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Undergraduate Application Process

1. Instructions for Potential Undergraduate Students

• Students must be registered undergraduates with at least 2 semesters (~10 credits) completed in their degree at the time of application.
• Students may be from any department or faculty at one of the four participating universities: McGill University, Université de Sherbrooke, INRS and École Polytechnique.
• After the projects are posted, students should review the projects posted and contact supervisors for more information.
• Students should then gather or solicit all required materials and submit them to the ISS office by the application deadline.
• Students selected for the program will be assigned to a project based on the preferences listed in their application, their ranking in the student applications, supervisor preference and on other exclusionary criteria.
• If all of a student’s listed preferences have already been assigned to other higher ranked students, that student will be waitlisted and the next ranking student with an available project will receive a place.
• Waitlisted students will be contacted in order of ranking and offered a project if the previously selected applicant declines or withdraws before the project start date.

To Apply:

1. Please read the Program guide and the Evaluation guide before starting the application process
2. Review the ISS Undergraduate Training Program and its goal.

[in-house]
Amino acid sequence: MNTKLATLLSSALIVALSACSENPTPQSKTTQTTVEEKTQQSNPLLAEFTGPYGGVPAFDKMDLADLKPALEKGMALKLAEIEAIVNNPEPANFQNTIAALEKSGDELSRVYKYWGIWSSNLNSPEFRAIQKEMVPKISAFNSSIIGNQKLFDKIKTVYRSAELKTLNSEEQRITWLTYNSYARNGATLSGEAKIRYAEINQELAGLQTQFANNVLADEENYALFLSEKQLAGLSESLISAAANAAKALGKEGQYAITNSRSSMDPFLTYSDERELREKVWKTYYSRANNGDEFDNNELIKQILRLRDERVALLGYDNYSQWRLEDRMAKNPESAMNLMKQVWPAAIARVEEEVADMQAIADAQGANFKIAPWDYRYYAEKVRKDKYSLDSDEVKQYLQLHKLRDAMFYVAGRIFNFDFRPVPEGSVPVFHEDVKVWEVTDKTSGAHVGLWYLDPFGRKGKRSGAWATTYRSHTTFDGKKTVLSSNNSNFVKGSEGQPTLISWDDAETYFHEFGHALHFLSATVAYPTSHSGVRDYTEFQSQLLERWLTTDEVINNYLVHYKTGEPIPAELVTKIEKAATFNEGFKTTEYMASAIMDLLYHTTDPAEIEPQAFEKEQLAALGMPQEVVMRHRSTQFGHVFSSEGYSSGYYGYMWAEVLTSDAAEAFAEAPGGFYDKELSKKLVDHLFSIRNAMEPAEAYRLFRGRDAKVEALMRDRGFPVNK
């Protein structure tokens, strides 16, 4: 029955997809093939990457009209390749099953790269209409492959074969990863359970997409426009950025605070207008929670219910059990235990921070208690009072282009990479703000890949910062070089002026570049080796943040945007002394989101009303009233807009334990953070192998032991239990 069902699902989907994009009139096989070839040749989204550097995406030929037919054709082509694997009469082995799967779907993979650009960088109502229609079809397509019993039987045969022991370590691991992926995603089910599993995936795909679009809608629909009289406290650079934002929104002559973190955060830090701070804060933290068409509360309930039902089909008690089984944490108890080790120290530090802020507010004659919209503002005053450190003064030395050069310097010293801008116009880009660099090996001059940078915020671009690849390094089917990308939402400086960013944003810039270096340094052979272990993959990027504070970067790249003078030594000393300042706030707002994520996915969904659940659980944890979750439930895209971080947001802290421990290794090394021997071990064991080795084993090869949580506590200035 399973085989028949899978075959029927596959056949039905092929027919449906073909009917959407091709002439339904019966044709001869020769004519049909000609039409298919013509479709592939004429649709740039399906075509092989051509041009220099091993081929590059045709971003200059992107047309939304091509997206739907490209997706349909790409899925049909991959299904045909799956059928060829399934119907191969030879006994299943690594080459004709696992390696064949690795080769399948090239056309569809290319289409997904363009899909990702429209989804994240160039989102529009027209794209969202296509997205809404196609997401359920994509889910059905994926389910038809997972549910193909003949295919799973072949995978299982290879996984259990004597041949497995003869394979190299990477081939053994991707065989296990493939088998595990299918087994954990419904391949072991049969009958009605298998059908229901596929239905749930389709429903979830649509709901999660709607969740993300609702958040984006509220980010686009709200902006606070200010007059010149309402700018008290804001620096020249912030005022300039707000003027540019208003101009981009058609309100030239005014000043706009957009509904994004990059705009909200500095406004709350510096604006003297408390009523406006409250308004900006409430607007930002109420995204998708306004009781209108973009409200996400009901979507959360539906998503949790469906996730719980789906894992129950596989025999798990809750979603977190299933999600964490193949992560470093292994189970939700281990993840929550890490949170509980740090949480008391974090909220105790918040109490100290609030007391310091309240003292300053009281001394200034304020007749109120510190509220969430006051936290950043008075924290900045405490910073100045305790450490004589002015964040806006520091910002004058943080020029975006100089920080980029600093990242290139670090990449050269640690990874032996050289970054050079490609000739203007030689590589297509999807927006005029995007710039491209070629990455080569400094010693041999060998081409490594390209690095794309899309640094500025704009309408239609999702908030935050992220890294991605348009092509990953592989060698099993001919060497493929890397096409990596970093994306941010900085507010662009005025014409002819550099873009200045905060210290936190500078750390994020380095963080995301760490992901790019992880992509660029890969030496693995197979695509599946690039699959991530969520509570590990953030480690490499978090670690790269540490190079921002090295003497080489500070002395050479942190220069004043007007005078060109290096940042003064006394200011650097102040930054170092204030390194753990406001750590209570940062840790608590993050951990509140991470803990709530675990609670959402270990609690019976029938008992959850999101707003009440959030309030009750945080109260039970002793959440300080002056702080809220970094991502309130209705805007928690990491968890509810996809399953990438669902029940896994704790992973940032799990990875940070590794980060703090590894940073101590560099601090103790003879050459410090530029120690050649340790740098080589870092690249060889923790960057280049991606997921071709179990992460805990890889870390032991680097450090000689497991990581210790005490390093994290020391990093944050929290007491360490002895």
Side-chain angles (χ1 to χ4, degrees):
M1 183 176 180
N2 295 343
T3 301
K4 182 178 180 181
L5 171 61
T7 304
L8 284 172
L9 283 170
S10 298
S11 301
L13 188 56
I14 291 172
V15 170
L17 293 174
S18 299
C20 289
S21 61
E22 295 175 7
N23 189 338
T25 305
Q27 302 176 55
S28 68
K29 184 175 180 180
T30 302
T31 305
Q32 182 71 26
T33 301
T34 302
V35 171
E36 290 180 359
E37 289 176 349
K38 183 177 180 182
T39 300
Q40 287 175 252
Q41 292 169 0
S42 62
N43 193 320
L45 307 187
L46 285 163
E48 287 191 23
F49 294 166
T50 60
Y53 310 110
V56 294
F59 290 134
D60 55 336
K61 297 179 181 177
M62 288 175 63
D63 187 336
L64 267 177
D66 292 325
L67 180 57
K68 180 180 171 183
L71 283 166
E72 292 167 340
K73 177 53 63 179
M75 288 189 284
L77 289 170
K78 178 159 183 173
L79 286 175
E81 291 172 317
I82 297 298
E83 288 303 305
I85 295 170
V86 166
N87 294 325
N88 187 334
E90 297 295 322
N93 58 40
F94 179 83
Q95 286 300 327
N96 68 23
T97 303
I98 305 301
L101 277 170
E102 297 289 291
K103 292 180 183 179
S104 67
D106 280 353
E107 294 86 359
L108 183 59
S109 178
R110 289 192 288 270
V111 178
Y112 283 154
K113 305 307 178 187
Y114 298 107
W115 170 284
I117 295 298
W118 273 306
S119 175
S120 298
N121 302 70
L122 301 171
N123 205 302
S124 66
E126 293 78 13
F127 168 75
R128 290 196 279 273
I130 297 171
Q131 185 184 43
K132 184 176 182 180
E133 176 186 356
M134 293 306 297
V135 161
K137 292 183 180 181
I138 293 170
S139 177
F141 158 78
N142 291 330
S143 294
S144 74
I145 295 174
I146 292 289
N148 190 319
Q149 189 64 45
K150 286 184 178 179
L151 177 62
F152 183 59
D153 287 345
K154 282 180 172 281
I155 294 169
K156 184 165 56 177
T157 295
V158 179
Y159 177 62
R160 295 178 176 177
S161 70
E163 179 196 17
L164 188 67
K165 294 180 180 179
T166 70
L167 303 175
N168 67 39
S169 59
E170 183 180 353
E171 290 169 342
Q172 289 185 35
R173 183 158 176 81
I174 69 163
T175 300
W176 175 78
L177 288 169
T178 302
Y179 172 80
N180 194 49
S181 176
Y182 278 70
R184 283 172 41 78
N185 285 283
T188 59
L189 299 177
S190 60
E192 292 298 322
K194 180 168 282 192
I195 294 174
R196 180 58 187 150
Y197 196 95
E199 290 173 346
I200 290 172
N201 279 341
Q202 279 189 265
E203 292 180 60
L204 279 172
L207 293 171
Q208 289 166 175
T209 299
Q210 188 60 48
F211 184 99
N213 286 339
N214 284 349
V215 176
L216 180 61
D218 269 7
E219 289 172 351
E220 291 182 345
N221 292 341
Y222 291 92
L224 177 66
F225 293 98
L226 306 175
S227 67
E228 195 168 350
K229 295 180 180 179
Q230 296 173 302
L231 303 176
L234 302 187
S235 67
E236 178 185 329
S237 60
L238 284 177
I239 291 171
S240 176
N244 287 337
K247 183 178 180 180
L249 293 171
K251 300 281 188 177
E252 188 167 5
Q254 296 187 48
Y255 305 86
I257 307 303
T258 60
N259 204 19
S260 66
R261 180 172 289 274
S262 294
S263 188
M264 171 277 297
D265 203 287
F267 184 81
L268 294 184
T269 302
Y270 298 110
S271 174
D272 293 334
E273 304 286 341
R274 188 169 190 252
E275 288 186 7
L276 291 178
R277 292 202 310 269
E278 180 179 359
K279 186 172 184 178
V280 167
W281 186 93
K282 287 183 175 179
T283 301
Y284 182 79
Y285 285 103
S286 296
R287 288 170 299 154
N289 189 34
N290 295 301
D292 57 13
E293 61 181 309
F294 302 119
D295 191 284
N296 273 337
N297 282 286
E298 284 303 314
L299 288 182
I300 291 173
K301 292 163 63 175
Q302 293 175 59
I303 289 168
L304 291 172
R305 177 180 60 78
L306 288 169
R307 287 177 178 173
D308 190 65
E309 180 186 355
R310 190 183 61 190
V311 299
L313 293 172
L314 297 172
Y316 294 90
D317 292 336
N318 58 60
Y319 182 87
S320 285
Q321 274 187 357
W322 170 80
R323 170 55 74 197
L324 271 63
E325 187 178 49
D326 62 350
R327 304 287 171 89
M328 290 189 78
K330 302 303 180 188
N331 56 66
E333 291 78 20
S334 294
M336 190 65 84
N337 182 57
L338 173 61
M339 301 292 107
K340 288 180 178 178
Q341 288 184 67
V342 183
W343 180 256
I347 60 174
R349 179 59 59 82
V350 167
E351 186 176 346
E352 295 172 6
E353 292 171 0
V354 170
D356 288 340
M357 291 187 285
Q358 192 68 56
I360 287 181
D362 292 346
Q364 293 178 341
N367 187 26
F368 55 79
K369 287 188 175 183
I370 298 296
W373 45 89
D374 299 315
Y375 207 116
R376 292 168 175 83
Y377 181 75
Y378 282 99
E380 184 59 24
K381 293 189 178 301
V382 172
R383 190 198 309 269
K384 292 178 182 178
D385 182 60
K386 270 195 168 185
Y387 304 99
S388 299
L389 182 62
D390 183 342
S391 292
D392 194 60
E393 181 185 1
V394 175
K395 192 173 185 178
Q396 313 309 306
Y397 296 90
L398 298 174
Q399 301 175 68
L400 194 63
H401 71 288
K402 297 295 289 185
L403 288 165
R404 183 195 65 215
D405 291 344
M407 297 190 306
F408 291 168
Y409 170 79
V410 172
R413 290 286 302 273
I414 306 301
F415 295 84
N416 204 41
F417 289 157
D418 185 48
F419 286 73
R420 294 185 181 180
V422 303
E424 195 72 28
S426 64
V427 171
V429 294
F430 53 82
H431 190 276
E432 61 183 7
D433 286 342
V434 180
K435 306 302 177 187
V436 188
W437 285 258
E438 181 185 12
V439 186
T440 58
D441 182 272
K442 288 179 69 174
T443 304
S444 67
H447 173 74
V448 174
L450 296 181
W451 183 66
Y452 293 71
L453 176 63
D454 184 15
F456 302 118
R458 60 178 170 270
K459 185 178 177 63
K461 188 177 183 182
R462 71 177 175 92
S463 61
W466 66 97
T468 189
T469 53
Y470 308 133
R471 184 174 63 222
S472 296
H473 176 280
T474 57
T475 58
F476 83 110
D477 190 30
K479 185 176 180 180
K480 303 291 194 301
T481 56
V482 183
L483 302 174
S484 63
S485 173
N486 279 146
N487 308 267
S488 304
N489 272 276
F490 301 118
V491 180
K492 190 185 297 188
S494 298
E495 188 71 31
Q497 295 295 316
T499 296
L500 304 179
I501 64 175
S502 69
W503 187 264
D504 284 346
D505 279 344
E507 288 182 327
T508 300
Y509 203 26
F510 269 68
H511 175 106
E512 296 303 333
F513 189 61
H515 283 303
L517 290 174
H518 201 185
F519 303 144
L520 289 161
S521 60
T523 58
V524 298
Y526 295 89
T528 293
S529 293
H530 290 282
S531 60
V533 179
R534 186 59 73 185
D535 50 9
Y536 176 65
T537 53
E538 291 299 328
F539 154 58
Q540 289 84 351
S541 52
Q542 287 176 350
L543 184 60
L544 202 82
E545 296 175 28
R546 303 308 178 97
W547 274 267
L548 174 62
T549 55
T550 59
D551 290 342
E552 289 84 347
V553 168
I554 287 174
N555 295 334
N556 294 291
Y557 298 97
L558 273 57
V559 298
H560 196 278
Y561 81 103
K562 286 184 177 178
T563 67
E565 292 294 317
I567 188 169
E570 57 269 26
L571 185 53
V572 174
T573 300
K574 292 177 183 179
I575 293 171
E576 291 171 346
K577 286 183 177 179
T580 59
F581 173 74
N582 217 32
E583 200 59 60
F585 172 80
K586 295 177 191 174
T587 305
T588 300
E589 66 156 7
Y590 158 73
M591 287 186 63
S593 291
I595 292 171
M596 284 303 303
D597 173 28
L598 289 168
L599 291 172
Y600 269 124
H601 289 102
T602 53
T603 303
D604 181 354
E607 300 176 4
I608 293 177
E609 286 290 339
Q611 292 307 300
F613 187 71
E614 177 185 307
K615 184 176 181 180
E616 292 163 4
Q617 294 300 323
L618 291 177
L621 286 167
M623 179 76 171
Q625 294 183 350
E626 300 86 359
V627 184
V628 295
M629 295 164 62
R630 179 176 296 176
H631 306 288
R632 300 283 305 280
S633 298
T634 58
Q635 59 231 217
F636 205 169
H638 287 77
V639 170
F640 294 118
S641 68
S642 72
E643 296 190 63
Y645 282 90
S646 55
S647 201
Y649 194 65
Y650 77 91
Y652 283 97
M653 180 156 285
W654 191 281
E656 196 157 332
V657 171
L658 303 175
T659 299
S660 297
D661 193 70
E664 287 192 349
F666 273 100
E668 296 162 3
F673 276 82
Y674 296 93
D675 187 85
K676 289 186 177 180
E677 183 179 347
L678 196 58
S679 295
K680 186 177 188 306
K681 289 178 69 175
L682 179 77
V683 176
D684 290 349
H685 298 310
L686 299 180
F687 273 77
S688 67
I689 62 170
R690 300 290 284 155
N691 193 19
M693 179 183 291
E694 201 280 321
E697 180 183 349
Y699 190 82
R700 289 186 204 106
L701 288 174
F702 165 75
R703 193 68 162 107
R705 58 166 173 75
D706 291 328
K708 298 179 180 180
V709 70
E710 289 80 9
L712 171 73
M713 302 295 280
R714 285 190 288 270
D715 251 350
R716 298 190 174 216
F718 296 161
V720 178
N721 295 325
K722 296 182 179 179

3. Review the projects below for projects which match your experience and interest.   (or in the document: Undergraduate Projects)
4. Contact the Project Supervisor to discuss working in their laboratory for the Summer (or other term)
5. Complete the ISS Application Form, listing your preferred projects

If you already have a Supervisor & Project and wish to participate in the Training Activities:

1. Review the ISS Program with your supervisor
2. Ensure your supervisor submitted the project description to the ISS Program by January 10, 2015 and that it was accepted.
3. Complete the ISS Application Form listing only your project number in the preferences section.

By Monday, March 16, 2015 submit to the ISS Office:

1. Completed ISS Application Form
2. Copies of your unofficial university transcripts
3. Your updated CV
4. One reference letter

Submit your Application, CV and unofficial transcript to the ISS office/email by the deadline.  The reference letter should be submitted directly to the ISS office from the reference.

If password protected electronic signatures are used, the completed applications can be submitted by email. All electronic documents should be in a single PDF or PDF Portfolio. If electronic signature is not possible, please supply the original signed applications to the ISS office as well.  Original transcripts will be required for all students accepted into the ISS program at time of registration.

 

2. Instructions for Supervisors

• The call for ISS Projects for Summer 2015 to Winter 2016 is now CLOSED.  This year's projects can be seen below for reference.
• Projects are evaluated based on program fit.
• Acceptance for posting does not guarantee that the project will be assigned a funded student.  This depends on the undergraduate application process.

Eligibility:

• Supervisors may be academic staff members from any department or faculty at one of the four participating universities: McGill University, Université de Sherbrooke, INRS and École Polytechnique.  Projects will be posted for undergraduate students at all four universities to apply.